Have you ever observed someone with droopy eyelids? If so, this eyelid disorder is known as ptosis (pronounced “toesis”). Sometimes the droop can be very noticeable while other times it is barely seen. Ptosis can occur in children and adults. It can result from a muscle or nerve defect, or it is more commonly seen in the elderly as a result of the natural loosening of skin. It can also result from other more serious conditions such as diabetes and tumors. Ptosis can affect one or both eyes.
Regardless of how noticeable the lid droop may be, it is very important to make sure the lid droop does not interfere with seeing. When the lids droop over the pupils, people compensate by tilting their heads back to see under the eyelids or they will raise their eyebrows (creating wrinkles in the forehead) to move the eyelids out of the way. In babies, they do not understand how to compensate; therefore, they can have permanent vision problems if this is not detected and corrected early on.
The easiest way to know if you have a ptosis is to compare old and recent photos of yourself. You may be surprised to see that a moderate change has been occurring with the droopiness of your eyelids over the years. If this is the case, you should see your eye care provider and have a visual field test. The results of this test can point out if you are not seeing things around you like you are supposed to. If this test confirms that any part of your field of vision is blocked because of your eyelids drooping, a surgical procedure (blepharoplasty) can be done to correct this. Also, if the drooping eyelids do cause a field defect, the surgery is not considered a cosmetic surgery. Many insurance companies will recognize this as a medically necessary procedure and may assist you with benefits to cover the surgical procedure. Children born with ptosis require early treatment in order for proper vision to develop. Failure to treat ptosis can result in amblyopia (diminished vision in one eye) and a lifetime of poor vision. All children with ptosis, even mild cases, should visit their eye care practitioner every year so the doctor can monitor the lid positioning and any potential vision problems caused by congenital ptosis. If you have noticed that someone, a child or yourself, has ptosis, make an appointment to see an eye care provider immediately. If you are in need of an eye care provider, I invite you to visit EnVision Eye Care. We have the technology to perform the necessary equipment to make the appropriate referral for surgery if it is needed. 321 W. Montgomery Crossroads, Savannah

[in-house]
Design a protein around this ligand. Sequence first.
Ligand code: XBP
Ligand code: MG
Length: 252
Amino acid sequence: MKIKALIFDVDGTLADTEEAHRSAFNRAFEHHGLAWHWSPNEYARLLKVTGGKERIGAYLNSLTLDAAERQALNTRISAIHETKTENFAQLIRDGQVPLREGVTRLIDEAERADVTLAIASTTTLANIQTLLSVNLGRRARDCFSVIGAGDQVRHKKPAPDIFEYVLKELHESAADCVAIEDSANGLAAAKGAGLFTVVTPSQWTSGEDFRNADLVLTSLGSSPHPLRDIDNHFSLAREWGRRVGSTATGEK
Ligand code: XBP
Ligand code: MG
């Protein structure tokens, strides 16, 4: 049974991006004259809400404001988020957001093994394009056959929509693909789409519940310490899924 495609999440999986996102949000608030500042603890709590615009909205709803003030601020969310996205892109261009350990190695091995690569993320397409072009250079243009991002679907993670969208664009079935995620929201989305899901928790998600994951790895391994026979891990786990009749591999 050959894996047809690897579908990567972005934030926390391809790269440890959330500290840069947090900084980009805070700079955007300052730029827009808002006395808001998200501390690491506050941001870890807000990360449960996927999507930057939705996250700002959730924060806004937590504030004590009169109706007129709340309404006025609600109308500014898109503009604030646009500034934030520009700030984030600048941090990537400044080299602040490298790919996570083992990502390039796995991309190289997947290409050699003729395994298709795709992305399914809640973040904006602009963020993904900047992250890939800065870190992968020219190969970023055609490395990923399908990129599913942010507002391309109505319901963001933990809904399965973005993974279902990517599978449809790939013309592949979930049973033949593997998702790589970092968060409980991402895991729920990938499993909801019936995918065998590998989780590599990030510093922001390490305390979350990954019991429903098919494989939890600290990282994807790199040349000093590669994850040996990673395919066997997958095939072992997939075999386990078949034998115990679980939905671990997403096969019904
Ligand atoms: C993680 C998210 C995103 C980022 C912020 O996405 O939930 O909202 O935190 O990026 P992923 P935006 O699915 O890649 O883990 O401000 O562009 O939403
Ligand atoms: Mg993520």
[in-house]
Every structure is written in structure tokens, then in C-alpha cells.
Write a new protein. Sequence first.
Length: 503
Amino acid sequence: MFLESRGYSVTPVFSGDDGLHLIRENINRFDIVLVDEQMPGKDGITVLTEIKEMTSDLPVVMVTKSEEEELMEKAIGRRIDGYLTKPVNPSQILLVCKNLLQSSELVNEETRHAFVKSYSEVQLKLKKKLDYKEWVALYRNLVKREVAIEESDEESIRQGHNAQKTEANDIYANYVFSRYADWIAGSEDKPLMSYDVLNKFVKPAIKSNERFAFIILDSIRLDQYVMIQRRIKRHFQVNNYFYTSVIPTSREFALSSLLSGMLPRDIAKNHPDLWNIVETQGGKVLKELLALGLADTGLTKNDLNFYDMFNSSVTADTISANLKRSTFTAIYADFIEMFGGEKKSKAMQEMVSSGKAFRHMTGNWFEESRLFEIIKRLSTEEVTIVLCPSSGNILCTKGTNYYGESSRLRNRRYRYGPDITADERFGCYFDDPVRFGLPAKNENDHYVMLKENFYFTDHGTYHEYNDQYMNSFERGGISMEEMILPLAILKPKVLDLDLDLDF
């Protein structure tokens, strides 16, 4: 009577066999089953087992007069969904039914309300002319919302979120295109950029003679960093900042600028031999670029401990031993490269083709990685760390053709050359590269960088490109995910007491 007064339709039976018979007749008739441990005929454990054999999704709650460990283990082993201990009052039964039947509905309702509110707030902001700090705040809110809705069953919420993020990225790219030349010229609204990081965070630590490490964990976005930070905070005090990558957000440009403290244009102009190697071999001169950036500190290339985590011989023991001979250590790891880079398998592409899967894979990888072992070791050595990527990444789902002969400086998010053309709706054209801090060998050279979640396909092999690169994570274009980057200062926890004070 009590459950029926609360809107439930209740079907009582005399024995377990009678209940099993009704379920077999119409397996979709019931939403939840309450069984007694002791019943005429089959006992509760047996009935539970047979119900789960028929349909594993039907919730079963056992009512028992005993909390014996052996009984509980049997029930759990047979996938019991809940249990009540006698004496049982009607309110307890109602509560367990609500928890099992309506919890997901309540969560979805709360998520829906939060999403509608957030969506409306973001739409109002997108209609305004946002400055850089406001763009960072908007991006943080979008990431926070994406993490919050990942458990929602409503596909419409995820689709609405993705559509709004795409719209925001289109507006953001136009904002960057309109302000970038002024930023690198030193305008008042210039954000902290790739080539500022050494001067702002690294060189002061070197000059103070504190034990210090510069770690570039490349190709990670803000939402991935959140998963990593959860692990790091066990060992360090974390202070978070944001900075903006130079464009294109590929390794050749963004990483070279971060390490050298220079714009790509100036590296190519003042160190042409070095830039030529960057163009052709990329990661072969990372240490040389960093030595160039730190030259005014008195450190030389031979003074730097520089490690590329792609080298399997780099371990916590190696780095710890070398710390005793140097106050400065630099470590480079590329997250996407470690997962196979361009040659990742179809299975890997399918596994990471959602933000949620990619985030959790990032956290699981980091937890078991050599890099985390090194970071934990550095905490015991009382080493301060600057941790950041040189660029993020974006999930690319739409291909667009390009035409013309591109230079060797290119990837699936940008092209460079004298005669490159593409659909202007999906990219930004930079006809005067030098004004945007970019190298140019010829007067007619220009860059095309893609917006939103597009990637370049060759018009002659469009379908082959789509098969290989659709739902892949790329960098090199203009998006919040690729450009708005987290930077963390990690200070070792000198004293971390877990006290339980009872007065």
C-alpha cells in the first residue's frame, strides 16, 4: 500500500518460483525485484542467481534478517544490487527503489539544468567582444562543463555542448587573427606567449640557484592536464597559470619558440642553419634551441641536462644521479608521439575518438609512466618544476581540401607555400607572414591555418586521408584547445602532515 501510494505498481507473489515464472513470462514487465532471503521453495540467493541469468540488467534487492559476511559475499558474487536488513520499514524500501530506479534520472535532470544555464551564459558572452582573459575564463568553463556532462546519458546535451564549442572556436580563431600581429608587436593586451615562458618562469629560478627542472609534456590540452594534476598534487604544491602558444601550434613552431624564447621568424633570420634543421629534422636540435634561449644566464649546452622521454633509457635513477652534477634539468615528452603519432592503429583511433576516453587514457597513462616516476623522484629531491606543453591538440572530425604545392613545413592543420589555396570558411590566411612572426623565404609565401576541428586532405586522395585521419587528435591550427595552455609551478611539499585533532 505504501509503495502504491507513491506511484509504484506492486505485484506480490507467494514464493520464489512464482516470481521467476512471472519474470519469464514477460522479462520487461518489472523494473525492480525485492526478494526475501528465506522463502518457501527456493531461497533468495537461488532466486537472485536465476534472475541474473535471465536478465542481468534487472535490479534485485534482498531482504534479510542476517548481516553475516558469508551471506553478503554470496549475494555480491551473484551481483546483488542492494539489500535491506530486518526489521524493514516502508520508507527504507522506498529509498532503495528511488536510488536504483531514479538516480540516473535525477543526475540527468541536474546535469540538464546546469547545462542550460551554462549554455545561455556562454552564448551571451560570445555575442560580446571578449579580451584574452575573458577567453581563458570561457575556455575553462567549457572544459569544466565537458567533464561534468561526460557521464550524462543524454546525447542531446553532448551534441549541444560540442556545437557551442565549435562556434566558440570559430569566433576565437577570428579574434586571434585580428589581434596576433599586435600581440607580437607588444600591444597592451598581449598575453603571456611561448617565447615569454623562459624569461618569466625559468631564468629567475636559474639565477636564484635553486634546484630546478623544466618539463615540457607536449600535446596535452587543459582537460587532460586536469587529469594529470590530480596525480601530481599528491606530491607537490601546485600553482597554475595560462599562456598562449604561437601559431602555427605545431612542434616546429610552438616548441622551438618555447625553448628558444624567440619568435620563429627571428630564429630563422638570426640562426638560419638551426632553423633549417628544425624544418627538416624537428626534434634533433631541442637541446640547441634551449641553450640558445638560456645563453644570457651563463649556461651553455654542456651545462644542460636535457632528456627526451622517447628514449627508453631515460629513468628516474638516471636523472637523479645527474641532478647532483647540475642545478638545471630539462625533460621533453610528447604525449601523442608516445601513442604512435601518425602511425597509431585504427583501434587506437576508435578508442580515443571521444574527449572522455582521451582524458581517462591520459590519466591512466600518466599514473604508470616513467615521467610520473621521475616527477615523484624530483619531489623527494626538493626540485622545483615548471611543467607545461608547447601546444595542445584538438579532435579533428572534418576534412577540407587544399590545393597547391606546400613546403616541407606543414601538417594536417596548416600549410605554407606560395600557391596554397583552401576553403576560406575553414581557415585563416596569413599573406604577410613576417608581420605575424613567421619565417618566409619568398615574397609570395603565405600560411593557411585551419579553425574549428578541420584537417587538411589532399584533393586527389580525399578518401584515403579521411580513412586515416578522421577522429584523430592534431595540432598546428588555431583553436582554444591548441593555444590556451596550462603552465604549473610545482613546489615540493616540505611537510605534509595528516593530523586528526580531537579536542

(near Hunter Golf Course and VA Medical Clinic). For appointments, call (912)
927-0707 and visit us at www.envisionsavannah.com